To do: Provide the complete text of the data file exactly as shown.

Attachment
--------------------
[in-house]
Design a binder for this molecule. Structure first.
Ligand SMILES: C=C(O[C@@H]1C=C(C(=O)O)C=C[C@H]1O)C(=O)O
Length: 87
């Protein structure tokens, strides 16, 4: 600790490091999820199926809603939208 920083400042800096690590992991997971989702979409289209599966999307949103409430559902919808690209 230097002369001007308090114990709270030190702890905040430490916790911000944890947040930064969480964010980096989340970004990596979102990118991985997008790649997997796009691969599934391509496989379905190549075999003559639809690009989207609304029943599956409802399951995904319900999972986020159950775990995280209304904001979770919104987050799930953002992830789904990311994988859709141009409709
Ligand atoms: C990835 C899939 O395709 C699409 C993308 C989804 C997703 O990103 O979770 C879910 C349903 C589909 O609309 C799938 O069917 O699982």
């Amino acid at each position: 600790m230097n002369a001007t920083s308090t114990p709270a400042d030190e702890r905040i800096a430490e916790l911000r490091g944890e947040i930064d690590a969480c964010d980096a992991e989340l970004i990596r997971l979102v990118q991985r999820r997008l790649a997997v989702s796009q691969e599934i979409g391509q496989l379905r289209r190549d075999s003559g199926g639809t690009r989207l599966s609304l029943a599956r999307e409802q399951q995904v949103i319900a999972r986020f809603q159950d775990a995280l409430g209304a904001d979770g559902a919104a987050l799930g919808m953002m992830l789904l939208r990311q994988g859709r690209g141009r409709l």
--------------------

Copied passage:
[in-house]
Design a binder for this molecule. Structure first.
Ligand SMILES: C=C(O[C@@H]1C=C(C(=O)O)C=C[C@H]1O)C(=O)O
Length: 87
């Protein structure tokens, strides 16, 4: 600790490091999820199926809603939208 920083400042800096690590992991997971989702979409289209599966999307949103409430559902919808690209 230097002369001007308090114990709270030190702890905040430490916790911000944890947040930064969480964010980096989340970004990596979102990118991985997008790649997997796009691969599934391509496989379905190549075999003559639809690009989207609304029943599956409802399951995904319900999972986020159950775990995280209304904001979770919104987050799930953002992830789904990311994988859709141009409709
Ligand atoms: C990835 C899939 O395709 C699409 C993308 C989804 C997703 O990103 O979770 C879910 C349903 C589909 O609309 C799938 O069917 O699982």
């Amino acid at each position: 600790m230097n002369a001007t920083s308090t114990p709270a400042d030190e702890r905040i800096a430490e916790l911000r490091g944890e947040i930064d690590a969480c964010d980096a992991e989340l970004i990596r997971l979102v990118q991985r999820r997008l790649a997997v989702s796009q691969e599934i979409g391509q496989l379905r289209r190549d075999s003559g199926g639809t690009r989207l599966s609304l029943a599956r999307e409802q399951q995904v949103i319900a999972r986020f809603q159950d775990a995280l409430g209304a904001d979770g559902a919104a987050l799930g919808m953002m992830l789904l939208r990311q994988g859709r690209g141009r409709l």